Cole World, No Blanket: J. Cole Offers a Thought-Provoking Take On Life’s Vices.

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KOD

J. Cole isn’t one for tip-toeing around the unsaid. In fact, I’d say he is the champion of bringing what’s unsaid into the center of our societal forum.

Before you continue reading, this must be known: I have been a J. Cole fan since his Friday Night Lights mixtape. So yes, I’m one of those. Therefore, it may go without saying that I love K.O.D., and I think it’s one of his most insightful and thoughtful albums to date. 

K.O.D. is in fact, a concept album with many layers, meanings, emotions and flows. Cole’s 5th studio album centers around the idea of addiction and the vices that have seemingly taken over rap culture. K.O.D., which stands for Kids on Drugs, King Overdosed, and Kill Our Demons, was appropriately released on 4/20 after it was announced only a week prior.

An argument can be made that K.O.D. does fail the average listener in some regards. Some argue that it definitely isn’t as exciting as 2014 Forest Hills Drive and yes, I believe there are legitimate shortcomings in K.O.D. But we’ll get to that later. First…

Where Cole Succeeds

J. Cole does a fantastic job of of matching flows and beats to mirror those of whom he criticizes. The first half of the album has trap drums, trap flows, and accounts from the common young person (or rapper) in our society. The title track K.O.D. is the first jab at trap rappers. Cole spits a bouncy chorus flow with lines like “This is what you call a flip/ Ten keys from a quarter brick/ Bentley from his mama’s whip/ K.O.D., he hard as shit.” It’s almost like he is saying, “Yep, I’m about to show you all what it means to be a good ass rapper.”

Another instance where J. Cole does a great job at throwing jabs at people is in “Kevin’s Heart.” The title is clearly a shot at Kevin Hart and his affair, but the song itself is about lust as an inner demon. The narrator in the song is talking about the habits that come with cheating, and how it’s a downward spiral. “Kevin’s Heart” also has my favorite line in the entire album (DOUBLE MEANING ALERT!)

Slip me a xanny at once (somebody)
I got the earth in a blunt (smoke)
I get the skirt when I want (skrrt!)
I get the skirt when I want (skrrt!)
Due to the money aroma (somebody)
My girl she got a diploma (smoke)
She got wife written all over

The album without a doubt picks up after “Kevin’s Heart” with “BRACKETS.” It’s at this juncture where Cole starts to go in about the government’s ignorance towards underprivileged communities, as well as taxation and where your money goes. If you want to be satisfied with Cole’s woke ideology, then “BRACKETS” is a MUST LISTEN.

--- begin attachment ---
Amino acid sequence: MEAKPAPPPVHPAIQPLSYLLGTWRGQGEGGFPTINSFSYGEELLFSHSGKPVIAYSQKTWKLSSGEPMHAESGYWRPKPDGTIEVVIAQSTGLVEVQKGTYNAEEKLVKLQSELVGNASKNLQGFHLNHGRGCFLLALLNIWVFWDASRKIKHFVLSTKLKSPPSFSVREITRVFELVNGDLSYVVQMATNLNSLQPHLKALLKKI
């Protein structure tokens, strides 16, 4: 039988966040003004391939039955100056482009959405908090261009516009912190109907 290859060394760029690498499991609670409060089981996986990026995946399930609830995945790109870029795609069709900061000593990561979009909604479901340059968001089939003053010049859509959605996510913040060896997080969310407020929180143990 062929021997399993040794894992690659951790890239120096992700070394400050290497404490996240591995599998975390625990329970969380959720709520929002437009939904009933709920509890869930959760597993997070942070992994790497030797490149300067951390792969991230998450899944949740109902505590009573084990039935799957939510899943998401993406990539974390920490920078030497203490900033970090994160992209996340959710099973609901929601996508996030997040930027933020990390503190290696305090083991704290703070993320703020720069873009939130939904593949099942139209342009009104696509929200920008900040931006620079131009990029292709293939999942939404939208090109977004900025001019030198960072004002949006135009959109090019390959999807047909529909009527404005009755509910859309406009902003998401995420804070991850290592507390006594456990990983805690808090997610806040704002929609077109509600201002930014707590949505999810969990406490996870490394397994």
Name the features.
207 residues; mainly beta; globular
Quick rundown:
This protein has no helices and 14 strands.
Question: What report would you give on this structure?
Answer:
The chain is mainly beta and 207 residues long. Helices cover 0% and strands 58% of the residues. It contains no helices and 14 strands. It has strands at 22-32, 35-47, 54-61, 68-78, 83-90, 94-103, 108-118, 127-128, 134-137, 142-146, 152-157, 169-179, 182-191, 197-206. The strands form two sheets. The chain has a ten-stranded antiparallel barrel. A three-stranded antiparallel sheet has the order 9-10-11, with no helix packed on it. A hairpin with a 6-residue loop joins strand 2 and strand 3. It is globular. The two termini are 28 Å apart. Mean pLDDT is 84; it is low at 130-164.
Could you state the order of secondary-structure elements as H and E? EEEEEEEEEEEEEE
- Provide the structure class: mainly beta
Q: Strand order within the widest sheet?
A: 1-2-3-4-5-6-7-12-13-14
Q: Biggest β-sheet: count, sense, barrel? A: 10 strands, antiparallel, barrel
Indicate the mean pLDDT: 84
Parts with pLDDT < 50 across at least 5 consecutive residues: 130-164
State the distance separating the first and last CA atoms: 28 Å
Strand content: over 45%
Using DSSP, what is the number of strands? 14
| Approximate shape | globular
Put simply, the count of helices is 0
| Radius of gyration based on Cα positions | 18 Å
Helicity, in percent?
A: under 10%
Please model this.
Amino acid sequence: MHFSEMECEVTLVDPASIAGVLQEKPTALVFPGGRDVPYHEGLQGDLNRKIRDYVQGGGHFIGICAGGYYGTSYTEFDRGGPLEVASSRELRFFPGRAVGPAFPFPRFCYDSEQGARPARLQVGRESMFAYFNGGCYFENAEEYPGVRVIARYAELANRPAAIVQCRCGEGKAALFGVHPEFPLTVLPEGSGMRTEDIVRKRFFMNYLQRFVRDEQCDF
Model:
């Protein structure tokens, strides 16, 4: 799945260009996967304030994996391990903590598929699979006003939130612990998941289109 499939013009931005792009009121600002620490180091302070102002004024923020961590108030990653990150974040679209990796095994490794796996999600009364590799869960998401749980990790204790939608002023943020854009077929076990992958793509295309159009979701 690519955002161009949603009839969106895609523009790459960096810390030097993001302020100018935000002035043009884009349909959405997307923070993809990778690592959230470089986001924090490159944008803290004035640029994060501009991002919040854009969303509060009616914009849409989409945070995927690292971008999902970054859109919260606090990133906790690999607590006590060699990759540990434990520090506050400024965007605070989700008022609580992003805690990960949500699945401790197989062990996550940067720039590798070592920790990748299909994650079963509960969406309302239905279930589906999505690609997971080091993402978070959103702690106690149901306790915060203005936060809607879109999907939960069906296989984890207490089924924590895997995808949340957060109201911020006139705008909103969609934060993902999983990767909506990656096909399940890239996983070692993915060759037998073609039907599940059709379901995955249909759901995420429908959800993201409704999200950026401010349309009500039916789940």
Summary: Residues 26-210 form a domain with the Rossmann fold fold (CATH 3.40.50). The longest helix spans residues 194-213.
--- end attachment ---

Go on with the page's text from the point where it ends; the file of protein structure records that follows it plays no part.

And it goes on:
In “Once an Addict (Interlude),” he brutally paints the picture of his mother’s alcoholism, as well as the reasons behind her depression and how it affected his life. This track, in my opinion, is one of J. Cole’s most thoughtful and cathartic songs of all-time. In “Apparently” off 2014 Forest Hills Drive, he briefly touches on the subject matter saying how he left for New York after his mother’s home was foreclosed on. He asks, “So tell me mama, please, why you be drinkin’ all the time? Does all the pain he brought you still linger in your mind?” in “Love Yourz.” Now we know why, and in heart-wrenching detail. It’s easily the most intense song on the album.

J. Cole is widely considered to be one of the heavyweights in today’s rap game and he goes way past the point of subtly chastising some of the modern day youth-rappers. He reasserts himself as one of the greats in songs like “KOD” and “1985 – Intro to the ‘Fall Off’.” These two songs rip the proverbial bandaid off. It needed to be done, and Cole had to be the one to do it.

Mumble rap has flooded the industry with poor lyricists and no-talent artists who make it big off one or two fluke hits. Some critics of K.O.D. will argue that J. Cole is undeserving of making these assertions, or that he’s flat out wrong. These are likely the same folks who go crazy over “She said ‘do you love me?’ I told her only partly/ I only love my bed and my momma I’m sorry,” and the same folks who defend DJ Khaled as a musical visionary.

Where Cole Fails

While K.O.D. is a great concept album, is lacks flair and flash in its entirety. I won’t lie, this isn’t an album that I can throw on for background music, or drink to during a pregame (irony, much?). Nor does it have tracks that you can genuinely look forward to when you throw your library on shuffle.

K.O.D. also fails in satisfying his own cultural criticisms with poor advice and grandeur. For example, in “FRIENDS,” Cole does a great job of depicting what drug abuse looks like, as well as the reasons for drug abuse (i.e. upbringing in poverty, trauma, mental health, and childhood experience). That’s all great, until he offers up the hook—“Meditate, meditate, meditate. Don’t medicate, medicate, medicate.” I can appreciate the message, but the build up plus deliverance is mediocre at best.

Final Thoughts

K.O.D. is a necessary follow up to For Your Eyes Only. While the album isn’t a masterpiece like 2014 Forest Hills Drive, it’s certainly some of J. Cole’s best work. The album provides a thoughtful and timely reflection on addiction, our societal vices, and the state of rap culture.

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